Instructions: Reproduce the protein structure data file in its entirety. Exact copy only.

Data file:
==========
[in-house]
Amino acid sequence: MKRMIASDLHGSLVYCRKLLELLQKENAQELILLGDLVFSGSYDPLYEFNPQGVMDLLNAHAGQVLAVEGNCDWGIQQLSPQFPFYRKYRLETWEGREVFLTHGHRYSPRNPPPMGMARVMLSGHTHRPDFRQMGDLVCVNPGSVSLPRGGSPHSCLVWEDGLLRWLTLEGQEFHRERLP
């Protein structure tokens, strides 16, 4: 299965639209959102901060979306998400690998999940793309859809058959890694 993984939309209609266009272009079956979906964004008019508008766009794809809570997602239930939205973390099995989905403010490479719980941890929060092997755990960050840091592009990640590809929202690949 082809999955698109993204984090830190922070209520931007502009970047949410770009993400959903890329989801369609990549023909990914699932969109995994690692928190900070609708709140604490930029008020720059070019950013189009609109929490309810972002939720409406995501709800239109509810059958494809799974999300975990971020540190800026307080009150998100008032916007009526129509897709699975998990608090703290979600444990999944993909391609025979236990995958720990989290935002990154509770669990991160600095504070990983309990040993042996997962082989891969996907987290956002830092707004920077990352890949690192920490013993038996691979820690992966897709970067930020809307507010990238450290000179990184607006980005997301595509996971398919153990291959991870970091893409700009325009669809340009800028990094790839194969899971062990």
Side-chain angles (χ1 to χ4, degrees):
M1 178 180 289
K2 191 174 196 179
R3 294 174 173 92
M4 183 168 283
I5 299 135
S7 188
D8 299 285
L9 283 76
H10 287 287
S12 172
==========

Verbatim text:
[in-house]
Amino acid sequence: MKRMIASDLHGSLVYCRKLLELLQKENAQELILLGDLVFSGSYDPLYEFNPQGVMDLLNAHAGQVLAVEGNCDWGIQQLSPQFPFYRKYRLETWEGREVFLTHGHRYSPRNPPPMGMARVMLSGHTHRPDFRQMGDLVCVNPGSVSLPRGGSPHSCLVWEDGLLRWLTLEGQEFHRERLP
């Protein structure tokens, strides 16, 4: 299965639209959102901060979306998400690998999940793309859809058959890694 993984939309209609266009272009079956979906964004008019508008766009794809809570997602239930939205973390099995989905403010490479719980941890929060092997755990960050840091592009990640590809929202690949 082809999955698109993204984090830190922070209520931007502009970047949410770009993400959903890329989801369609990549023909990914699932969109995994690692928190900070609708709140604490930029008020720059070019950013189009609109929490309810972002939720409406995501709800239109509810059958494809799974999300975990971020540190800026307080009150998100008032916007009526129509897709699975998990608090703290979600444990999944993909391609025979236990995958720990989290935002990154509770669990991160600095504070990983309990040993042996997962082989891969996907987290956002830092707004920077990352890949690192920490013993038996691979820690992966897709970067930020809307507010990238450290000179990184607006980005997301595509996971398919153990291959991870970091893409700009325009669809340009800028990094790839194969899971062990």
Side-chain angles (χ1 to χ4, degrees):
M1 178 180 289
K2 191 174 196 179
R3 294 174 173 92
M4 183 168 283
I5 299 135
S7 188
D8 299 285
L9 283 76
H10 287 287
S12 172